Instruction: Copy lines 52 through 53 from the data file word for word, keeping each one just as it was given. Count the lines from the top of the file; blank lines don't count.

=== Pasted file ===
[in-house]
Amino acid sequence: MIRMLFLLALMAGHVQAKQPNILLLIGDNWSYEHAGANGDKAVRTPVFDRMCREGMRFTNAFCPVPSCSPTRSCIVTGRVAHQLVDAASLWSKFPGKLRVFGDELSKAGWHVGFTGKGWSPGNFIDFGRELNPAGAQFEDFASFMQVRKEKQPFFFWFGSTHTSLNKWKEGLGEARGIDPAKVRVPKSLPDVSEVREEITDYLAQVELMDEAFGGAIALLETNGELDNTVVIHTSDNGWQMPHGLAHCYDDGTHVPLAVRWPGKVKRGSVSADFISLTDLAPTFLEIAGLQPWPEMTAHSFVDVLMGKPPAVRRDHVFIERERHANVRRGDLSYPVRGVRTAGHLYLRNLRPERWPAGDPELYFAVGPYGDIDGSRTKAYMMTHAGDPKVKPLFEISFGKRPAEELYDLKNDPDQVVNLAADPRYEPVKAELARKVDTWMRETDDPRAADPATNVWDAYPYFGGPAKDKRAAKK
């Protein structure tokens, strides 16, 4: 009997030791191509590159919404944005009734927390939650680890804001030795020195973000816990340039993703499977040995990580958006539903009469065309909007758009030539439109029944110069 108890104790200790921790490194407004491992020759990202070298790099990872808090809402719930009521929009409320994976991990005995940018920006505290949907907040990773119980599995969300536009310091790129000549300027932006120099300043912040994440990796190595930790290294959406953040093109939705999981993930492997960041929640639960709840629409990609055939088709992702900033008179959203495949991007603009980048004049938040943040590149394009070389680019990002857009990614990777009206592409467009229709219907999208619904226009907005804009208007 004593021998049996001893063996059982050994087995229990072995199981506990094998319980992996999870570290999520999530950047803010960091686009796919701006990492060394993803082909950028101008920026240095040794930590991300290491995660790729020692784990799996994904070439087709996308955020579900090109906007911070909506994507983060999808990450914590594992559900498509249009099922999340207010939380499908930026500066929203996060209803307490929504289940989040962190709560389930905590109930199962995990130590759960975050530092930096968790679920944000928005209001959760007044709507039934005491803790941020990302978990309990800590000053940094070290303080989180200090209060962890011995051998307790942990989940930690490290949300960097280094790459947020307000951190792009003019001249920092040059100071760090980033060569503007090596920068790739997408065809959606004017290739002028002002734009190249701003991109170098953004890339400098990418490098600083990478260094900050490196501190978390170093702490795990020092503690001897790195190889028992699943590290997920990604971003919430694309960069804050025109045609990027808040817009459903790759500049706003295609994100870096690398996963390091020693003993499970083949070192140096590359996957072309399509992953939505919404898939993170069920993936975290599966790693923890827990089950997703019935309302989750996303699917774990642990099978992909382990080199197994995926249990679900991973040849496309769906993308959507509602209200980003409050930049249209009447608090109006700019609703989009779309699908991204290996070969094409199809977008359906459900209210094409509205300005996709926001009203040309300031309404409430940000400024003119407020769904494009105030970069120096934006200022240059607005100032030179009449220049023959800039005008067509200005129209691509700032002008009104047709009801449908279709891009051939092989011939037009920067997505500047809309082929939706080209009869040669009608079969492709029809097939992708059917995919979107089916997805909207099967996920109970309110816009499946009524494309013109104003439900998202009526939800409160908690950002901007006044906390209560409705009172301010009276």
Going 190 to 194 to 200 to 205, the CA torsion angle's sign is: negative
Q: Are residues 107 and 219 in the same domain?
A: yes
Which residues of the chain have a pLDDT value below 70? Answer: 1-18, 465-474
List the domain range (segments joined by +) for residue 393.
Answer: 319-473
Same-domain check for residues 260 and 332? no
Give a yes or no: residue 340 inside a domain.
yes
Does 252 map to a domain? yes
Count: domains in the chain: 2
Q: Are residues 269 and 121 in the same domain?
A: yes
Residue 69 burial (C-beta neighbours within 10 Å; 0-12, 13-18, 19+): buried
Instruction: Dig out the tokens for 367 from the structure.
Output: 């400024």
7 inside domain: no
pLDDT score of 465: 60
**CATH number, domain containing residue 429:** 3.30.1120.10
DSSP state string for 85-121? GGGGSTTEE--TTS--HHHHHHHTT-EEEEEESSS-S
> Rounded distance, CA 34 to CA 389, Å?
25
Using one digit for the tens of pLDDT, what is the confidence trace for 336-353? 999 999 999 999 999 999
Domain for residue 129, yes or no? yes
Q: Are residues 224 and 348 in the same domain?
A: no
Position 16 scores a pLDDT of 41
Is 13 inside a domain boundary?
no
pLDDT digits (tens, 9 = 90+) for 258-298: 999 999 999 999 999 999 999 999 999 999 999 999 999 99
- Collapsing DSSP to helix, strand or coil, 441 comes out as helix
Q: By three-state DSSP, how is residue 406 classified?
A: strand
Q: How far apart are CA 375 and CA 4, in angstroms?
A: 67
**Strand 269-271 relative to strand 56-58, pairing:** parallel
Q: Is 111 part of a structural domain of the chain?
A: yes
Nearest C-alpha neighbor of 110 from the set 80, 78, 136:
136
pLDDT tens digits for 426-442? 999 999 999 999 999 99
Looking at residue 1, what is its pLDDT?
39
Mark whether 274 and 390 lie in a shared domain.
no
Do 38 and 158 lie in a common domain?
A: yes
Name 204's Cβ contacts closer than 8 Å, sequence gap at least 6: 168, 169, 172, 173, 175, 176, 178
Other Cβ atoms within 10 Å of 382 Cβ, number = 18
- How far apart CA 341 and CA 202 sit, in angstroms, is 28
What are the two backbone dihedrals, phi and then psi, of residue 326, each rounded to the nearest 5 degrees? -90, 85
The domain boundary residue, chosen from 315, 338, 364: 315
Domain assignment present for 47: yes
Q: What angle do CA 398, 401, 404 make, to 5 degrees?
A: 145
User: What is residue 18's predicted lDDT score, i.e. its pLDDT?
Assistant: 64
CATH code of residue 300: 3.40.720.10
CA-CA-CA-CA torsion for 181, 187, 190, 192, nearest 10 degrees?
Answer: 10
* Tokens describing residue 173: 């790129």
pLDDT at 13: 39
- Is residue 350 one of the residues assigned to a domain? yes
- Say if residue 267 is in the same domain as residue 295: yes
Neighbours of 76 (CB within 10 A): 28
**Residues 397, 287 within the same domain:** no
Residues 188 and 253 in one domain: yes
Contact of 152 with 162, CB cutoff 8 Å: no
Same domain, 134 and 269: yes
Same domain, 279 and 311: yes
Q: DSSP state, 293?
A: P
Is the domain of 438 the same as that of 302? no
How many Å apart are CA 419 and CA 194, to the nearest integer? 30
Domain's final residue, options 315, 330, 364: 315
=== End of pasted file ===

Other Cβ atoms within 10 Å of 382 Cβ, number = 18
- How far apart CA 341 and CA 202 sit, in angstroms, is 28